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Bitter cold chills Turfway bottom line

Monday, April 9, 2007 12:00 AM
  • General
FLORENCE, KY . . . April 9, 2007 . . . After posting increases for four straight meets, Turfway Park closed its 2007 winter/spring meet last Thursday down 16 percent in all-sources wagering on its races compared to the same period last year. On-track handle, the amount wagered on Turfway's races by fans at the track, fell 2.4 percent. The meet is the first to show a decline over a previous like period since the 2005 fall meet.

From January 1 through April 5, 2007, all-sources wagering on Turfway races totaled $166,621,869. On-track handle for the period was $8,822,975.

While average daily wagering on Turfway races from all sources slipped 3.4 percent to $2,777,031, the average daily on-track handle rose 12.3 percent to $147,050. That jump follows single-digit increases in on-track daily average in the 2006 fall meet (4.6 percent) and holiday meet (3.2 percent) and far outstrips the 9.9 percent decline in on-track daily average in the 2006 winter/spring meet from the same period in 2005.

"While the sub-freezing weather depressed our overall numbers this meet, the increases in daily average on-track handle tell us we're on the right track with our fans," said Turfway president and CEO Robert N. Elliston. "They're coming, they're learning, and gradually they're increasing their level of play."

Average daily purses rose 8.8 percent to $150,649. Field size dipped slightly from 8.3 starters per race to 8.1.

The declines in business are directly related to a string of bitterly cold days from late January to mid-February that forced the track to cancel all or part of eight racing days. During the period the track lost six complete cards, the first due to a winter storm that prevented shippers from reaching the track. Two other cards were halted after just two races. The track presented 624 races over 60 days in 2007 compared to 688 races over 69 days in 2006.

In the just completed 2007 winter/spring meet, seven horses had to be euthanized due to injuries sustained while racing. In the 2006 winter/spring meet, no horses suffered fatal injuries during racing. In the 2005 winter/spring meet, the last run on dirt, 14 horses suffered fatal injuries while racing.

"Turfway has been the industry's living laboratory for Polytrack, and its performance has been under the microscope—and rightly so," said Elliston. "Every meet we run, we learn more about it, and that knowledge will benefit every track that installs it. Last year we had a mild winter. This year we learned how extremely low temperatures affect the surface, and research goes on based on that new knowledge.

"While we continue to learn, we also continue to be pleased with Polytrack," Elliston said. "We did lose some days to bitter cold weather when several tracks canceled regardless of surface. When the temperatures moderated, however, our horsemen were able to get right back to training. Other facilities lost many more days of training as they dealt with a thawing dirt surface—a problem we remember well at Turfway.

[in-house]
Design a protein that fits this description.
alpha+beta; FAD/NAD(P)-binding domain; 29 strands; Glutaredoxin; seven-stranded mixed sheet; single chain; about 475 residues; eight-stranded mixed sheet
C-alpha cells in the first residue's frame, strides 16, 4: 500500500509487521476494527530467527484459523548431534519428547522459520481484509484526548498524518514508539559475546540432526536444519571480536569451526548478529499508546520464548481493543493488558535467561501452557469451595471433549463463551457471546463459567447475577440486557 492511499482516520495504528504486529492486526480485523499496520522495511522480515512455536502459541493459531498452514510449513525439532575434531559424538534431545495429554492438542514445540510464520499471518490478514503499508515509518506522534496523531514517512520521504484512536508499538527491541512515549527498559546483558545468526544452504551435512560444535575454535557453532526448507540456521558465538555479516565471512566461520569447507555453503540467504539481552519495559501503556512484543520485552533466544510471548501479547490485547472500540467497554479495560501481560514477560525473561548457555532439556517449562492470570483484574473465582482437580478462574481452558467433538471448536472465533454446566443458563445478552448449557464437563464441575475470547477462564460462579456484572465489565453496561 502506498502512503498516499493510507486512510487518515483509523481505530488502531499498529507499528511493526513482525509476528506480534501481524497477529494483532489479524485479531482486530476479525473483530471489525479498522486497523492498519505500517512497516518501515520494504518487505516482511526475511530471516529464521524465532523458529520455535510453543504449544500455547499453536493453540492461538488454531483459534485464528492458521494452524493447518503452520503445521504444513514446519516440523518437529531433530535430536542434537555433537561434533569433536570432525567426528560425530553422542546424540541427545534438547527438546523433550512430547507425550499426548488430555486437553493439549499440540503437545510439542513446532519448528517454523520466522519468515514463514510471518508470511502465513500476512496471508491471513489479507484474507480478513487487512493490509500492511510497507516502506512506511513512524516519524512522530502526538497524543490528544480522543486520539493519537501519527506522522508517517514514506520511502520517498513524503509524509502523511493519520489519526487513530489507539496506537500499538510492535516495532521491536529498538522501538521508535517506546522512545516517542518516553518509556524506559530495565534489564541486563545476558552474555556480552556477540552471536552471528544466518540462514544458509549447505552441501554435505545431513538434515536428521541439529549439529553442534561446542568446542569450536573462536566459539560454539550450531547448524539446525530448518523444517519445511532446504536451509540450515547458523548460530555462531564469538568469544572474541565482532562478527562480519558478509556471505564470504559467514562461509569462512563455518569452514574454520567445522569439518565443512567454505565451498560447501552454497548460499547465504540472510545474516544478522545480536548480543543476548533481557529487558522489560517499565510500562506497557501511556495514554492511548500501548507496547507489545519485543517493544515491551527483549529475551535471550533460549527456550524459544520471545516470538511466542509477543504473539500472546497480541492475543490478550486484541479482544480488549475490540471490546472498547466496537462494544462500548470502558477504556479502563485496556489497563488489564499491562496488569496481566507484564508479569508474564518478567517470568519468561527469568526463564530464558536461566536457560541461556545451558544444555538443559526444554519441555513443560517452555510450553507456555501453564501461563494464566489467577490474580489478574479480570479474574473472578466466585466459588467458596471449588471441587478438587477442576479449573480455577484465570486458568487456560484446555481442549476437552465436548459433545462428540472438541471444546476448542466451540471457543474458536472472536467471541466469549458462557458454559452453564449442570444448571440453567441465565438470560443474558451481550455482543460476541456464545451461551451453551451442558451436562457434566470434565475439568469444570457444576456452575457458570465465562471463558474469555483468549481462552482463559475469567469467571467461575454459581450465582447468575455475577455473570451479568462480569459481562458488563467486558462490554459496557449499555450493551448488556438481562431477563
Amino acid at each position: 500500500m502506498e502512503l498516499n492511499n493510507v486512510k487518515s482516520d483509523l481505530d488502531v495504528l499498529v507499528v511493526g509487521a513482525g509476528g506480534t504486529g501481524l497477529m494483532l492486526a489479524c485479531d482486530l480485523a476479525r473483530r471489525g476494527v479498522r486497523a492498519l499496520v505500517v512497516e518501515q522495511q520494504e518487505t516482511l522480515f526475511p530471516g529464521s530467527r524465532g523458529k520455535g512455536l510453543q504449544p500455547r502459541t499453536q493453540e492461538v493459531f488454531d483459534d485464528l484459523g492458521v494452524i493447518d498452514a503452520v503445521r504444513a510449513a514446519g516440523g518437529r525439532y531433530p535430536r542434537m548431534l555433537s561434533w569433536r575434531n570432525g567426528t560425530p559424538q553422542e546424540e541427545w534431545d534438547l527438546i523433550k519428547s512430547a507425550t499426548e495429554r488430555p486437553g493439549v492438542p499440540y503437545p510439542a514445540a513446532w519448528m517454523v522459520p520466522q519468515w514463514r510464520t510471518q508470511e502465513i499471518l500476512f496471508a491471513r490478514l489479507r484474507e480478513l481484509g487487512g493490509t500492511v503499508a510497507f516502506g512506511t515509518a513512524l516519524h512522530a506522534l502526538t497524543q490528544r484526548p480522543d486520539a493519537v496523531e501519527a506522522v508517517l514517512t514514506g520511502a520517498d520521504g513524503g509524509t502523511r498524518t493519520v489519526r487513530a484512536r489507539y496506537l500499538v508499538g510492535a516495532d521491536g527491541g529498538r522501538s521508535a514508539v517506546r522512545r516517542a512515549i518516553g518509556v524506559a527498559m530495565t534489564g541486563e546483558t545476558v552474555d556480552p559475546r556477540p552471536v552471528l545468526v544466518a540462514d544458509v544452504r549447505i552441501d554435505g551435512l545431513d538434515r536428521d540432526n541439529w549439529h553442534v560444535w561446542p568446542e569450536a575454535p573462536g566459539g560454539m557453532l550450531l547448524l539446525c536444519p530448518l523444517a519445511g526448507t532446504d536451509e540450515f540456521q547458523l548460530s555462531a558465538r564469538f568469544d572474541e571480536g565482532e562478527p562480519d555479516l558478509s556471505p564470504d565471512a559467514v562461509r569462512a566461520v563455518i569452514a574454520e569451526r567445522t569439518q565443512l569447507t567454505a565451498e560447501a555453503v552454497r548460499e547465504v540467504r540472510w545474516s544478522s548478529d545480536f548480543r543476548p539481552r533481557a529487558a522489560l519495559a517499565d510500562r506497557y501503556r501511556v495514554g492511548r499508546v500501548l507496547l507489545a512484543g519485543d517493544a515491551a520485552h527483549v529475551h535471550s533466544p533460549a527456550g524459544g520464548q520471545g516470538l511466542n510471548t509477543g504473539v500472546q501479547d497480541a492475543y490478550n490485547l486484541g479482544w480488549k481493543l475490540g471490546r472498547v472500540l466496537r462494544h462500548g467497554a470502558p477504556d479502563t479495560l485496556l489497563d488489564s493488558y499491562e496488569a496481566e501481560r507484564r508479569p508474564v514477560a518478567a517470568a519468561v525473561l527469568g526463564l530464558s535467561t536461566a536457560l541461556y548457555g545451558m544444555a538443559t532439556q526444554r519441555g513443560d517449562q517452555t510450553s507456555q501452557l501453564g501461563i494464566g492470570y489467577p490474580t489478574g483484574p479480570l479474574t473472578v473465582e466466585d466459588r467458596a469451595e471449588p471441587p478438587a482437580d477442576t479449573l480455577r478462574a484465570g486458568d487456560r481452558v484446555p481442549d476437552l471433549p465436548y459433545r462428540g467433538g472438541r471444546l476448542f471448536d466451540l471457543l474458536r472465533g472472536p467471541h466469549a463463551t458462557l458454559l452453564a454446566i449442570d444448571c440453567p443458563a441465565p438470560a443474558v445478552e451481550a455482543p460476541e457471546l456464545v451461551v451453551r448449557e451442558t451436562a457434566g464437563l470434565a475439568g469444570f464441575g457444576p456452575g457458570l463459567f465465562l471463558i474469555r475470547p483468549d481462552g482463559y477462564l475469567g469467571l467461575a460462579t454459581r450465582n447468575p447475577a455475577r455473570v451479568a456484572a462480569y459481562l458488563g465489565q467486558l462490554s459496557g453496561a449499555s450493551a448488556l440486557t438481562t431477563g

"As for injuries, even one horse lost is too many, but no surface will ever prevent all injuries. Polytrack's contribution to reducing fatal injuries continues to impress and gratify us."

Ramseys, McGee, and Leparoux take meet titles
With 10 winners from 30 starters, Kenneth and Sarah Ramsey were the meet's leading owners. In second place with six winners each were Gus Goldman, Billy Hays, David A. Ross, and Roger and Joyce Anderson.

The meet's leading trainer was Paul McGee, who saddled 17 winners from 57 starters to claim his first Turfway title. Second was Kim Hammond with 15 wins from 93 starters. Eddie Kenneally finished third with 14 wins from 36 starters.

The race for leading rider came down to the last night of the meet, with Julien Leparoux finishing with 76 wins from 308 mounts and purse earnings of $997,276. The title was the third at Turfway for Leparoux, who was the nation's Eclipse Award-winning apprentice jockey for 2006.

Finishing second with 75 wins from 429 mounts was apprentice Alonso Quinonez, who entered Thursday tied with Leparoux at 74. Leparoux won the closing night's third race, Quinonez won the fifth, Leparoux went one up in the ninth, and Quinonez could not answer in the 10th and final race. In third place with 70 wins was Miguel Mena, who seesawed with Quinonez for the lead through much of the meet but served a suspension the last three days.

Live racing on the Kentucky circuit now shifts in turn to Keeneland, Churchill Downs, and Ellis Park before returning to Turfway in September. Turfway remains open Wednesday through Sunday each week for simulcasting, a schedule that now includes British racing. Gates open at 11:15 a.m.

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